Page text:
There are several ways you can do this: you can check out sites such as HootBookRevival.com, Homeschool Classifieds, and Second Harvest Curriculum where used and discounted curricula are sold. As an added bonus, you can sell your used curricula for other homeschooling families to use. In short, you get to save money while earning money to buy books in the future.
If you don’t find what you need on these sites, you can choose to split the cost of the curriculum with other homeschooling parents. Families can look for a share group through sites such as Homeschool Buyers Co-Op. The Homeschool Buyers Co-op also offers free resources as well as discounted curricula.
Another option for instructors is to trade curricula with other parents. There are Facebook groups comprised of homeschooling parents looking for trades. Platforms such as eBay can prove to be a valuable resource for purchasing or selling curricula as well.
The internet at large can be useful for homeschooling programs. Instructors can find free plans to use to build their curricula, such as KhanAcademy, Starfall, and Clickschooling. You can find hundreds of sites that offer free printables, ideas for projects, and games. EnchantedLearning, for example, is loaded with thousands of learning materials, ranging from pre-K to grade 12. For only $20 a year, you can use this website to teach a wide range of subjects such as Astronomy, Biology, Language, Math, and Geography.
For older children, parents can utilize the OpenCourseWare (OCW) programs of certain colleges and universities. Instructors can also access free online classes from Stanford using Coursera.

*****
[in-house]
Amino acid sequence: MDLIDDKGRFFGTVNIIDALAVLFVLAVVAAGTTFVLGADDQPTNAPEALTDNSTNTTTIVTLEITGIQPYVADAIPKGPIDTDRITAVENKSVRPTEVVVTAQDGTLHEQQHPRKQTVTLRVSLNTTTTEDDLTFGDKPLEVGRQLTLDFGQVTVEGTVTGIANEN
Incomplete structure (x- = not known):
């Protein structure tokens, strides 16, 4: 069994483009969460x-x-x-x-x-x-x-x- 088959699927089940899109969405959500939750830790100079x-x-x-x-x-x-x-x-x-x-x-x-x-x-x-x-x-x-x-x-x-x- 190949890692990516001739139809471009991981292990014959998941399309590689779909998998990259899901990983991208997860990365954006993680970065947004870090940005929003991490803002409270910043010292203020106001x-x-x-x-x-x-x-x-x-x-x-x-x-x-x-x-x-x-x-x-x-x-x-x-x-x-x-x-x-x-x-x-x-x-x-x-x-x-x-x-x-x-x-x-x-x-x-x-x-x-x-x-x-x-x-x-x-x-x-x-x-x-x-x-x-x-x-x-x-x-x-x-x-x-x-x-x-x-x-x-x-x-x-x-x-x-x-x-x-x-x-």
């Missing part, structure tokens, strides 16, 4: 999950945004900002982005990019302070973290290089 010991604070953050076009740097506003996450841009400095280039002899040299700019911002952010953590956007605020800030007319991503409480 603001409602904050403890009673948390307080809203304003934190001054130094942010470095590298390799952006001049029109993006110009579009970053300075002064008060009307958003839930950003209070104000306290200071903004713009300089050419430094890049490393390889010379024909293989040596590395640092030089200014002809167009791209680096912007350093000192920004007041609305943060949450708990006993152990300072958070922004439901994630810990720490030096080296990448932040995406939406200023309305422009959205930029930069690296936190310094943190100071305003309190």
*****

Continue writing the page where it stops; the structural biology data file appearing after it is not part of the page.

It is typically cheaper to buy goods in bulk, in order to cut down on long-term expenses. Instructors can split materials costs with other homeschooling parents or chose to buy supplies “off-season.” After the official school start date, most stores will sell their school supplies at lower prices to clear out their stock in preparation for the next season.
Libraries may be useful because they can provide traditional books as well as audiobooks and DVDs. Some libraries also offer after-school programs, which can be a great opportunity for children to socialize with their peers. Some libraries also have educational kits, games, and software that can be borrowed.
Families that have streaming services such as Netflix and Amazon Prime can use these services to access educational documentaries, films, and shows. Public Broadcasting Service (PBS) offers programs and documentaries that may be of interest to parents. The company also has a website, PBS Learning Media, that offers free videos, interactives, lesson plans, study guides, and the like, for teachers.